inventing american exceptionalism the origins of american adversarial legal culture 1800 1877 yale law library series in legal history and reference

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Inventing American Exceptionalism

Author : Amalia D. Kessler
ISBN : 9780300198072
Genre :
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A highly engaging account of the developments--not only legal, but also socioeconomic, political, and cultural--that gave rise to Americans' distinctively lawyer-driven legal culture When Americans imagine their legal system, it is the adversarial trial--dominated by dueling larger-than-life lawyers undertaking grand public performances--that first comes to mind. But as award-winning author Amalia Kessler reveals in this engrossing history, it was only in the turbulent decades before the Civil War that adversarialism became a defining American practice and ideology, displacing alternative, more judge-driven approaches to procedure. By drawing on a broad range of methods and sources--and by recovering neglected influences (including from Europe)--the author shows how the emergence of the American adversarial legal culture was a product not only of developments internal to law, but also of wider socioeconomic, political, and cultural debates over whether and how to undertake market regulation and pursue racial equality. As a result, adversarialism came to play a key role in defining American legal institutions and practices, as well as national identity.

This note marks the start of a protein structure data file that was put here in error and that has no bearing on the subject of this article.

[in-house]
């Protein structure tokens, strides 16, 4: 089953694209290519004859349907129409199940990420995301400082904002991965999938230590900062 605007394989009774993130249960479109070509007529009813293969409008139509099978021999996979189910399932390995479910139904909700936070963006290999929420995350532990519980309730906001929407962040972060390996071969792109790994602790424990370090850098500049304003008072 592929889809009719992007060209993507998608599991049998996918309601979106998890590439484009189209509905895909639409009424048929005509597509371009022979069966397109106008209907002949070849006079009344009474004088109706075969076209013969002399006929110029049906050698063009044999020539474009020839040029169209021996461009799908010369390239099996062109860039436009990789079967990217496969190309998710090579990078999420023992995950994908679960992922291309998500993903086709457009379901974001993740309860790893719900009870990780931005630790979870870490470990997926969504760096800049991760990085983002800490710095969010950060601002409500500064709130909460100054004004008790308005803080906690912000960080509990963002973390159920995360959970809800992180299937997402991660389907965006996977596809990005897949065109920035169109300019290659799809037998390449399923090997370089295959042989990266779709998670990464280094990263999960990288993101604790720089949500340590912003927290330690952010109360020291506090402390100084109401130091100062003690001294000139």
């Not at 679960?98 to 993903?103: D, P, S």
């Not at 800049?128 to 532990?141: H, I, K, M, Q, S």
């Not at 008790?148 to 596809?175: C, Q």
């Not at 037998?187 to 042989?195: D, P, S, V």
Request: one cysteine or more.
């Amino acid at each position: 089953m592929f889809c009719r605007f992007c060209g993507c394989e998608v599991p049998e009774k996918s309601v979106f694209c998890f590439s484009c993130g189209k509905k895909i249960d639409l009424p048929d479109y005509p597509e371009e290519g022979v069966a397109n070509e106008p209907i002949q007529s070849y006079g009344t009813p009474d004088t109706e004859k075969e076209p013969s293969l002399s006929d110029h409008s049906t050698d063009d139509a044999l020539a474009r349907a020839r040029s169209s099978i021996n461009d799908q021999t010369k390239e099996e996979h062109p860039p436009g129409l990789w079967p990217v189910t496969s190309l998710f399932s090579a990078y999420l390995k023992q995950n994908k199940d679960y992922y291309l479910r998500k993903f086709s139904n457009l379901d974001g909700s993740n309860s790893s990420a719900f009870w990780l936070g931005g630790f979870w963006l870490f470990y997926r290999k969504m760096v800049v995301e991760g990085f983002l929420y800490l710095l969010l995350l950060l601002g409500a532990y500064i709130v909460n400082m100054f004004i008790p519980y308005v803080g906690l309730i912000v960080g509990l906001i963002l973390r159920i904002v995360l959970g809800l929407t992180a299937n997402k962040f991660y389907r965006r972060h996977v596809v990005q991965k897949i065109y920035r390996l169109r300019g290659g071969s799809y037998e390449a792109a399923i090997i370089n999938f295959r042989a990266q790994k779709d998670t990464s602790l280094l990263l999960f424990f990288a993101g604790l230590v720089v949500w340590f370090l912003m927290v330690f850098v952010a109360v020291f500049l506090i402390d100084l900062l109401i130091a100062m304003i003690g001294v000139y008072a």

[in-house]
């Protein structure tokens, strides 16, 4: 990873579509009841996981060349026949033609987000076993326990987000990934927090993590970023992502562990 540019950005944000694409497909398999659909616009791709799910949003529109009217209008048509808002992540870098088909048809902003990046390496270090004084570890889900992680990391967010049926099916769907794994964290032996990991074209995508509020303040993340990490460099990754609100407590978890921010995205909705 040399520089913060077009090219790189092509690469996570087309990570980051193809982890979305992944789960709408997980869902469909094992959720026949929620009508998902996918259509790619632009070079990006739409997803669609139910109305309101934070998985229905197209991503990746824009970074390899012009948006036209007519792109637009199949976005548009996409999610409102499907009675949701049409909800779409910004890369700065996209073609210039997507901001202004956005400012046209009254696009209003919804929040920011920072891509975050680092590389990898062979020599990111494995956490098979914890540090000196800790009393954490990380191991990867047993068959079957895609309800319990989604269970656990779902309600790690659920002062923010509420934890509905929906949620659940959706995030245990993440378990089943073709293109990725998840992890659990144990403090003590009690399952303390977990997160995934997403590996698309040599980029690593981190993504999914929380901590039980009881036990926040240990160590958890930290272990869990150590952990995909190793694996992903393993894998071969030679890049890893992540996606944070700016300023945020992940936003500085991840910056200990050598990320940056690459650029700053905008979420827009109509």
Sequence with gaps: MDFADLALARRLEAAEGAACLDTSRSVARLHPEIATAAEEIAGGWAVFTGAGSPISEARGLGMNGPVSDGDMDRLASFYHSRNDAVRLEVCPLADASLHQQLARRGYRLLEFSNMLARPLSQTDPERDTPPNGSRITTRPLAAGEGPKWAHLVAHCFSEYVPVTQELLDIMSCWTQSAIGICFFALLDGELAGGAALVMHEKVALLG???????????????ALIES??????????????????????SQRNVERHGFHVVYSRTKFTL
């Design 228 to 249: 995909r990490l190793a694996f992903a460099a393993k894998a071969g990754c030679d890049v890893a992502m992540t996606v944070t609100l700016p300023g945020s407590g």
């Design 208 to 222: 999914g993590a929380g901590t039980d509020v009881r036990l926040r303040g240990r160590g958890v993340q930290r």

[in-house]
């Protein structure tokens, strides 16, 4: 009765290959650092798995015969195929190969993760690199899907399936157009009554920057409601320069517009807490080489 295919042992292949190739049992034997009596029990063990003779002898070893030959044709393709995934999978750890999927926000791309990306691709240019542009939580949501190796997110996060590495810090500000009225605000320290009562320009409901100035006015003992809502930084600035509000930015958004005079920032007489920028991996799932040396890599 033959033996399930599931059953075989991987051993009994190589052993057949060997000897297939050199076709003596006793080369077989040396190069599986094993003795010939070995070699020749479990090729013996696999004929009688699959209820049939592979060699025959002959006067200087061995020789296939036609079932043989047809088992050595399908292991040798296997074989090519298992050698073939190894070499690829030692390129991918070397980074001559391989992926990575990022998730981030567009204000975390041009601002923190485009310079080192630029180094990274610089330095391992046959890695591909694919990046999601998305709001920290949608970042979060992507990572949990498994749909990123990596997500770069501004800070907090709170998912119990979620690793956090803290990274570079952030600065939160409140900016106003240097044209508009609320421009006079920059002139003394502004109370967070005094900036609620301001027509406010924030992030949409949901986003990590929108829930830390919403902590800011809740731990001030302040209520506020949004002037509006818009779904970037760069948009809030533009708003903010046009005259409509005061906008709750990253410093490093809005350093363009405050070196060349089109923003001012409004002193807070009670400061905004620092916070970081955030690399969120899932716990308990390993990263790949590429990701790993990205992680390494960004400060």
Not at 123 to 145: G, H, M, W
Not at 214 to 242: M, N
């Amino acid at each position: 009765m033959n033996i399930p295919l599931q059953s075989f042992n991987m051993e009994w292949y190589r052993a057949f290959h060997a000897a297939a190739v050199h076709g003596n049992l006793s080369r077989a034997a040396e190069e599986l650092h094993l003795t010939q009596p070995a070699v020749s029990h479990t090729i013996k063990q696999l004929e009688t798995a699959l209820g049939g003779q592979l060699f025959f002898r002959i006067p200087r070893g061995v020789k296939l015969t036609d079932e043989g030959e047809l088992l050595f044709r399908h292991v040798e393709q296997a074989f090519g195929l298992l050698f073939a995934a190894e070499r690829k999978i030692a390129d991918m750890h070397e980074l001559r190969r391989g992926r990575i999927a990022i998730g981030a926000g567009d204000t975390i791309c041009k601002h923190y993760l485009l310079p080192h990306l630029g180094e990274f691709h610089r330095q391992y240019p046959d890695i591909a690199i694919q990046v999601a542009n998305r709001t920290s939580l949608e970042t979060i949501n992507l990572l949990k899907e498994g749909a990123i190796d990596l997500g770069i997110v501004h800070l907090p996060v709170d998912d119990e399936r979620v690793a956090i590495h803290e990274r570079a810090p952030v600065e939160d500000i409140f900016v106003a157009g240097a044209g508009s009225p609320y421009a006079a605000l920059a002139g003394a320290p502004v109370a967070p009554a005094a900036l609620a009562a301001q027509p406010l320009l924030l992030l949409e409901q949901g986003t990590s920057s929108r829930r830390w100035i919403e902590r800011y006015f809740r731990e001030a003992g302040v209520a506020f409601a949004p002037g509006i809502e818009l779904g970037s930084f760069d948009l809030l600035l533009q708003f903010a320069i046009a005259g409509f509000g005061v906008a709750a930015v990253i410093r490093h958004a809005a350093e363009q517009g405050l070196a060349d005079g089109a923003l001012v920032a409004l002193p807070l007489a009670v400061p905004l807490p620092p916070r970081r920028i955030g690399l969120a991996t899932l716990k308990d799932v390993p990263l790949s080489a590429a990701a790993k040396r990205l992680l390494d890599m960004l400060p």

Engines Of Truth

Author : Wendie Ellen Schneider
ISBN : 9780300216554
Genre : History
File Size : 61. 72 MB
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During the Victorian era, new laws allowed more witnesses to testify in court cases. At the same time, an emerging cultural emphasis on truth-telling drove the development of new ways of inhibiting perjury. Strikingly original and drawing on a broad array of archival research, Wendie Schneider’s examination of the Victorian courtroom charts this period of experimentation and how its innovations shaped contemporary trial procedure. Blending legal, social, and colonial history, she shines new light on cross-examination, the most enduring product of this time and the “greatest legal engine ever invented for the discovery of truth.”